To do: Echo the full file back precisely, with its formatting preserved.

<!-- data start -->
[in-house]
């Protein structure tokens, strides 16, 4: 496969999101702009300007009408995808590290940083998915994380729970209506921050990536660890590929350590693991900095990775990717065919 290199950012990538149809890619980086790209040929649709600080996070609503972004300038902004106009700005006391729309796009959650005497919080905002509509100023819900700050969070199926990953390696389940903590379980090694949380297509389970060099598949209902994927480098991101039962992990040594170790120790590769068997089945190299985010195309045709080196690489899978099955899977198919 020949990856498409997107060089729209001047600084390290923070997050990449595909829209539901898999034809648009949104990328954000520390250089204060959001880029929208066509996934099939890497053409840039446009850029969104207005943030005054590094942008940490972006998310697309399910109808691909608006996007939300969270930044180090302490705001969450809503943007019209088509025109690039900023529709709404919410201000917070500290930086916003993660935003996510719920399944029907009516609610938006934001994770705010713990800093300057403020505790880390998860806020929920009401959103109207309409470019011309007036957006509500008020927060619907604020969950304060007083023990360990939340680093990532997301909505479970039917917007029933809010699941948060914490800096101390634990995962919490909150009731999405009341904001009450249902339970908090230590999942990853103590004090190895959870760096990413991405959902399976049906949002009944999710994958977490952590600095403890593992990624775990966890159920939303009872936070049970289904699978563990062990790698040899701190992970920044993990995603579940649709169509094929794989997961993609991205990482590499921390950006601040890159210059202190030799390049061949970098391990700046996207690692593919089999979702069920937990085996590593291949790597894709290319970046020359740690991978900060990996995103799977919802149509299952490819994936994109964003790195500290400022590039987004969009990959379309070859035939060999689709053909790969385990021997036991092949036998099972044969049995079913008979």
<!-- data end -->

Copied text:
[in-house]
């Protein structure tokens, strides 16, 4: 496969999101702009300007009408995808590290940083998915994380729970209506921050990536660890590929350590693991900095990775990717065919 290199950012990538149809890619980086790209040929649709600080996070609503972004300038902004106009700005006391729309796009959650005497919080905002509509100023819900700050969070199926990953390696389940903590379980090694949380297509389970060099598949209902994927480098991101039962992990040594170790120790590769068997089945190299985010195309045709080196690489899978099955899977198919 020949990856498409997107060089729209001047600084390290923070997050990449595909829209539901898999034809648009949104990328954000520390250089204060959001880029929208066509996934099939890497053409840039446009850029969104207005943030005054590094942008940490972006998310697309399910109808691909608006996007939300969270930044180090302490705001969450809503943007019209088509025109690039900023529709709404919410201000917070500290930086916003993660935003996510719920399944029907009516609610938006934001994770705010713990800093300057403020505790880390998860806020929920009401959103109207309409470019011309007036957006509500008020927060619907604020969950304060007083023990360990939340680093990532997301909505479970039917917007029933809010699941948060914490800096101390634990995962919490909150009731999405009341904001009450249902339970908090230590999942990853103590004090190895959870760096990413991405959902399976049906949002009944999710994958977490952590600095403890593992990624775990966890159920939303009872936070049970289904699978563990062990790698040899701190992970920044993990995603579940649709169509094929794989997961993609991205990482590499921390950006601040890159210059202190030799390049061949970098391990700046996207690692593919089999979702069920937990085996590593291949790597894709290319970046020359740690991978900060990996995103799977919802149509299952490819994936994109964003790195500290400022590039987004969009990959379309070859035939060999689709053909790969385990021997036991092949036998099972044969049995079913008979």